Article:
Charlie and the Chocolate Factory

Directed by Sam Mendes
Theatre Royal Drury Lane

by Joanna Orland

By this point, we’ve all seen at least one of the film adaptations of Roald Dahl’s dark tale of a young Charlie Bucket who wins a golden ticket to the weird and somewhat wonderful Wonka Chocolate Factory. Johnny Depp stars as Wonka in Tim Burton’s Charlie and the Chocolate Factory of 2005, while Gene Wilder gives the most iconic performance in the 1971 Willy Wonka & the Chocolate Factory.

The stage adaptation of Charlie and the Chocolate Factory, directed by Sam Mendes, is lacking the music of the 1971 version, and the oddities of the 2005 one. The music is mediocre at best, with only one song from the original movie being adapted in the form of “Pure Imagination”.  The only memorable original song of this new version is “Vidiots”, mostly due to the visual spectacle that accompanies it.

The cast too is underwhelming.  Sadly, Alex Jennings as Willy Wonka himself is the least enigmatic of all the actors.  Missing the over-the-top campness that Johnny Depp brings to the role, and the sinister charm of Gene Wilder, Jennings merely brings flat-singing and a face reminiscent of Cliff Richard.  While few could compare with Depp and especially Wilder in the role, surely London’s West End community has more on offer than Jennings.

The standouts of the cast are Barry James as charming as should be for Grandpa Joe, Vincent Finch really playing into the silliness of his role as August Gloop, and Amy Carter as the most terrifying version of Veruca Salt ever to be portrayed. The one true miscast of the children lies fault in the adaptation itself, as Violet Beauregarde has been urbanized in a very racial fashion for this production.  Obviously I don’t believe it’s necessary to cast all white children in the roles, but I do believe that if casting racially, the music should not be altered to stereotype these casting choices.  Violet has been rewritten as a Beyoncé satire with an overbearing showbiz father exploiting her every diva-like move.  Fine to use this concept satirically, but to musically compose badly written and clichéd Motown inspired songs to convey it, feels outdated and offensive.  Surely just casting one of the children racially different is a better way to promote diversity than to completely rewrite a character to fit a racially profiled stereotype.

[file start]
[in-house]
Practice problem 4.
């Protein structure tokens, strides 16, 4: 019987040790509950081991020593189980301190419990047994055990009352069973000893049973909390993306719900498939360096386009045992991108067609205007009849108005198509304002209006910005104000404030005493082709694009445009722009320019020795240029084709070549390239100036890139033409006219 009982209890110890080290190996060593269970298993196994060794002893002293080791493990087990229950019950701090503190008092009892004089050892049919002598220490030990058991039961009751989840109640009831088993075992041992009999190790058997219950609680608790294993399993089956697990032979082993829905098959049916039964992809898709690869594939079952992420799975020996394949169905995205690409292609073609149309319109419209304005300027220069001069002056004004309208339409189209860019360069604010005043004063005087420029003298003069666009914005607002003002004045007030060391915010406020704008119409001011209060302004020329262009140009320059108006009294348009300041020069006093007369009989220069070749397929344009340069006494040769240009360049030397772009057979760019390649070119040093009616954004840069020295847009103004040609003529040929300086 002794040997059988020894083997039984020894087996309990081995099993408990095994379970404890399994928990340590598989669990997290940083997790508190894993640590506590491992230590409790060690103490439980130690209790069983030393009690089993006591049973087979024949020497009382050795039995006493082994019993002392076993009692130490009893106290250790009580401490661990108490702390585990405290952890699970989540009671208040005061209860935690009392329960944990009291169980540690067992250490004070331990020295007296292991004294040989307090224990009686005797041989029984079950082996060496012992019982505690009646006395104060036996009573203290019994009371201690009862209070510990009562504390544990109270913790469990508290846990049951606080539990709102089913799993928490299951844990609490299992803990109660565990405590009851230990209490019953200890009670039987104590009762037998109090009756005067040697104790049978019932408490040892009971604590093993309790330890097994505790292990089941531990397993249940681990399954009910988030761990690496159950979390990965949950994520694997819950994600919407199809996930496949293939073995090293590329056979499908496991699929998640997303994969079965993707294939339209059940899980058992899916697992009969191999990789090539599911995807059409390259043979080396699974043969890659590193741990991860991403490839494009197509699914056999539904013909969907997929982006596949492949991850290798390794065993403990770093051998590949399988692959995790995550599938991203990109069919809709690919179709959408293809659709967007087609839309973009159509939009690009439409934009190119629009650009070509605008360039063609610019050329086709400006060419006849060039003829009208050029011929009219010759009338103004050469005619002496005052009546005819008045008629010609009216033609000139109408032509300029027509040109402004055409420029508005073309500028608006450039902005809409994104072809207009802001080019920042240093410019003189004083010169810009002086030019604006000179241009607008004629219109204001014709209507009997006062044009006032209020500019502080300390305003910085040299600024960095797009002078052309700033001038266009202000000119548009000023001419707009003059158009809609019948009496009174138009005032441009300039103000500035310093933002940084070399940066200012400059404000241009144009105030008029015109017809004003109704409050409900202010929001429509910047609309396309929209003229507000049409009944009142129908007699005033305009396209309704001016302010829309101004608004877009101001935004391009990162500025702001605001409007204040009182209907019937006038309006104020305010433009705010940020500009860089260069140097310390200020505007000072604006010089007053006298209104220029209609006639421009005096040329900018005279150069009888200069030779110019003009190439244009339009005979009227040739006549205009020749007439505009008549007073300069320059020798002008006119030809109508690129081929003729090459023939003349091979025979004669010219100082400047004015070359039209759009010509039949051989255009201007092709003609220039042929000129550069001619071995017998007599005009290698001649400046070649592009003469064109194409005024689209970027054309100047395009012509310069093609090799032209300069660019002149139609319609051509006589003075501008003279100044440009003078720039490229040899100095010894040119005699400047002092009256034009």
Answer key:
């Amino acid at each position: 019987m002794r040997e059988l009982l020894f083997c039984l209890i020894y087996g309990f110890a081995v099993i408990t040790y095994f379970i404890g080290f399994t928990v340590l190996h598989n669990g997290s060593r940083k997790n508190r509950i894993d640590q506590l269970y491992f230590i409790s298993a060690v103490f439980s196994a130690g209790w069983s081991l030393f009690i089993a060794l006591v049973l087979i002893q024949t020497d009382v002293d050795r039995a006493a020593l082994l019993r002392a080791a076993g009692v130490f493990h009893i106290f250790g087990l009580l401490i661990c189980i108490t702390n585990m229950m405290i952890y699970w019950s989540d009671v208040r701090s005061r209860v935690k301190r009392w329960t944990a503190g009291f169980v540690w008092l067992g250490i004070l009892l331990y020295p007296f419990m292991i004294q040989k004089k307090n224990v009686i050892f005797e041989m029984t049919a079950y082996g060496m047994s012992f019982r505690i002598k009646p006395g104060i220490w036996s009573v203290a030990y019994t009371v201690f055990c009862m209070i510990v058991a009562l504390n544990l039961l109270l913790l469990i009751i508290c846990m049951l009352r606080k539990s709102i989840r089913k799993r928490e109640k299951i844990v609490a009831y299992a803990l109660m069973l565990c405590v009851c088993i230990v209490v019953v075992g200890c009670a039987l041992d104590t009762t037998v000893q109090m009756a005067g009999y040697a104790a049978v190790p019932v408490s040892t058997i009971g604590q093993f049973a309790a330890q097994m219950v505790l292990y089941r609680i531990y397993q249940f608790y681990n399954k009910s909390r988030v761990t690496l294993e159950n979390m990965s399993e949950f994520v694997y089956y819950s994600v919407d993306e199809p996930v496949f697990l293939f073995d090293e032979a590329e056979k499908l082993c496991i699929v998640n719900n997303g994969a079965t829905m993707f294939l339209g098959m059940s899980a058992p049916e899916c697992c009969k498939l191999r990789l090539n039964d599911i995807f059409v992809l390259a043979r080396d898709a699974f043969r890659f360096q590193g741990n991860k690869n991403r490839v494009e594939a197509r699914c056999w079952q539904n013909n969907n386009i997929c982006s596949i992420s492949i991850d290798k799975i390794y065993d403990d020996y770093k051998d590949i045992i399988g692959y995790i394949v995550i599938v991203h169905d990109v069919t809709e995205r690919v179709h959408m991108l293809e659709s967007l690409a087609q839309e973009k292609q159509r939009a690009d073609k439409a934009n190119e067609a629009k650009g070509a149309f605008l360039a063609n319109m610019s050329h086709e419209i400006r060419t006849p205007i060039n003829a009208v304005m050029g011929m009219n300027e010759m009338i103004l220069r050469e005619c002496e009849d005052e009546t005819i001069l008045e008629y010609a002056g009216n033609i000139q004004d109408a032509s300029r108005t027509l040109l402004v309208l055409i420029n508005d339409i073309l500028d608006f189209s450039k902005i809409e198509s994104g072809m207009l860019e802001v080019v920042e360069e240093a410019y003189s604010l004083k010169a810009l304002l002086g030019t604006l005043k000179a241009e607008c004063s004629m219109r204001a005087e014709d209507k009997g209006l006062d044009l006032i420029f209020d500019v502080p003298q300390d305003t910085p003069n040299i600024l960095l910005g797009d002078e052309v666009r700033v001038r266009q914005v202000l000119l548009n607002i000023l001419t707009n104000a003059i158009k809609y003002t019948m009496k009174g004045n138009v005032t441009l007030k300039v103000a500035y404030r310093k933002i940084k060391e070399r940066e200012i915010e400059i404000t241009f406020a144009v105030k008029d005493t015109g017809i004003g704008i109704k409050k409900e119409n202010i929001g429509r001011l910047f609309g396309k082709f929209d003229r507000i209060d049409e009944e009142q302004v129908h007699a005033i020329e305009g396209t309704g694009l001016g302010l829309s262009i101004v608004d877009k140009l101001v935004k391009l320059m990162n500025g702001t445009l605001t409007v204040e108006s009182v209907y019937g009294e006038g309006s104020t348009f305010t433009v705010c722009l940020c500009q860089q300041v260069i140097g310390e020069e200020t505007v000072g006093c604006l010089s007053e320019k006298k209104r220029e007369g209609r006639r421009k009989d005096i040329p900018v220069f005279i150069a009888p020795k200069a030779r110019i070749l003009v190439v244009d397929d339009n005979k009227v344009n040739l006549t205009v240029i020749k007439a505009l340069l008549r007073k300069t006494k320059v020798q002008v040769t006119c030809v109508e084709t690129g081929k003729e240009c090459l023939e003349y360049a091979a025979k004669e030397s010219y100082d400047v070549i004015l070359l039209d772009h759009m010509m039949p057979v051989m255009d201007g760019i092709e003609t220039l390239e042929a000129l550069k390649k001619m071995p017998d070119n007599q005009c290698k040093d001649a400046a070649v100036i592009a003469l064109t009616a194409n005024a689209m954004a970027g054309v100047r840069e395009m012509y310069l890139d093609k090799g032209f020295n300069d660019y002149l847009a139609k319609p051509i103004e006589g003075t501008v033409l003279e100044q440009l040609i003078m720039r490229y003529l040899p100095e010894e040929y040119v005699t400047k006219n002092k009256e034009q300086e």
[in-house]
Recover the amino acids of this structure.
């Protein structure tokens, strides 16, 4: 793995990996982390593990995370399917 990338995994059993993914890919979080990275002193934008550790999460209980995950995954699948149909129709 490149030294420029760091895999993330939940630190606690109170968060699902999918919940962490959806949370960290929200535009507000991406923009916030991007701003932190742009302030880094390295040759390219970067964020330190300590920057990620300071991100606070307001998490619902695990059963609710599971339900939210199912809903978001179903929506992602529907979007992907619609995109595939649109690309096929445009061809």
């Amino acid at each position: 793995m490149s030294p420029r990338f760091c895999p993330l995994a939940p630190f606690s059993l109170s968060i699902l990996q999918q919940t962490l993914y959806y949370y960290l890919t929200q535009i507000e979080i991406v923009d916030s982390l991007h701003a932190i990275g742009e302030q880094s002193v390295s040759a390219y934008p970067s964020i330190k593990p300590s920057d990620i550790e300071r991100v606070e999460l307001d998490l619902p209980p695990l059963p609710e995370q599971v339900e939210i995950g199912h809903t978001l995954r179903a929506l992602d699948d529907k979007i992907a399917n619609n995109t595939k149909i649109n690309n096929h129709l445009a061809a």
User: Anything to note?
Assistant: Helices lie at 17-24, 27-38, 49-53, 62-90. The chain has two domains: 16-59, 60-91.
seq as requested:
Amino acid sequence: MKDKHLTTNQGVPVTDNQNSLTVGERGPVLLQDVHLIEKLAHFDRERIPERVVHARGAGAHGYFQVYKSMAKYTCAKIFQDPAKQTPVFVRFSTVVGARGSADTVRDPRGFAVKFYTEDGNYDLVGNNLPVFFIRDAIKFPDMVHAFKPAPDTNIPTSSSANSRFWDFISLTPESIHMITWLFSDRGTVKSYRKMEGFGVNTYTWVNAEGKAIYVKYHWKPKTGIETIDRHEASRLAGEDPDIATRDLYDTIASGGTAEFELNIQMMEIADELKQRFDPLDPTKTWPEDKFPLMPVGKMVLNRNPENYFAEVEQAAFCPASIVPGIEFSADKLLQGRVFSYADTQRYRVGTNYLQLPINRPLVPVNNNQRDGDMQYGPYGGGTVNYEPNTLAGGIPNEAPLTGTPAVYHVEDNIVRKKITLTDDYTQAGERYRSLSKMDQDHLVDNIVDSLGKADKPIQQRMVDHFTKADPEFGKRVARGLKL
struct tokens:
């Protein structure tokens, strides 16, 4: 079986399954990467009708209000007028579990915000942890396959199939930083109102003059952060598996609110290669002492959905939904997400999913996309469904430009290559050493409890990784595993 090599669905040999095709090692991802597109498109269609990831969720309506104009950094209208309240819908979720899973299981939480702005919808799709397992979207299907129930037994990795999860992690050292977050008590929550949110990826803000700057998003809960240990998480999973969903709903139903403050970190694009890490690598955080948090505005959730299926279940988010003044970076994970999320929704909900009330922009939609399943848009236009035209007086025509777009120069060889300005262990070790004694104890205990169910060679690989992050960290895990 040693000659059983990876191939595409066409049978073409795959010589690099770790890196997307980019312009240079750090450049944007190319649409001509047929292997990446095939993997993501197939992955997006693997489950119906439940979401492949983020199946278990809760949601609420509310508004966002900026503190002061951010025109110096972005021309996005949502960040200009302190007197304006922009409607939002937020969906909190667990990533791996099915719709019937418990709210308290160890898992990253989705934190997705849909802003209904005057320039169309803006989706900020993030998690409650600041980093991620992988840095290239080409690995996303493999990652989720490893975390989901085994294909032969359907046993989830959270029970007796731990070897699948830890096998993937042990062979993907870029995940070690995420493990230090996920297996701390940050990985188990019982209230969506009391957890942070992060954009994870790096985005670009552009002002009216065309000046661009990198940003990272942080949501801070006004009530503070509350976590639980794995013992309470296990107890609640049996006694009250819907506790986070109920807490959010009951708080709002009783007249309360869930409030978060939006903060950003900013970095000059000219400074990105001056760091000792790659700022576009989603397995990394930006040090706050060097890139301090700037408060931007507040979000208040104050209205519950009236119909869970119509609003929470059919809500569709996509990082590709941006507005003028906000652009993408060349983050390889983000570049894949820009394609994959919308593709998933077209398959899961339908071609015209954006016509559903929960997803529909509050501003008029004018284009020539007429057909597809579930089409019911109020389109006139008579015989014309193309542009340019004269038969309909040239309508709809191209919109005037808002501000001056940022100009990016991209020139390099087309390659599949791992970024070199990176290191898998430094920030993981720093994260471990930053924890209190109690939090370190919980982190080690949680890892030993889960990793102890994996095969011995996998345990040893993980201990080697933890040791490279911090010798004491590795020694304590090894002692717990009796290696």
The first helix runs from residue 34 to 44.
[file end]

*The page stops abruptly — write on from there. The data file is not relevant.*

The true star of the West End adaptation of Charlie and the Chocolate Factory is the ridiculously extravagant and mind-blowing stagecraft.  The set design is stunning and innovative.  The buildings and backdrops steal the show right from under the lacklustre musical numbers.  During the intermission between acts, my colleague and I could not help but gush over the lines, angles and spatial use of all of the sets and props.  We’re not even visual people, but could not help but notice the superior design.  As impressed as we already were, we certainly did not expect the second half to push boundaries even further with more, grander sets, cleverly choreographed Oompa Loompas, and special effects that have never before been seen off screen.  The stagecraft of West End’s Charlie and the Chocolate Factory rivals pure imagination itself.

With average music and performances, Charlie and the Chocolate Factory still strongly delivers magical wonderment through its spectacular visuals and choreography, which must be seen to be believed.

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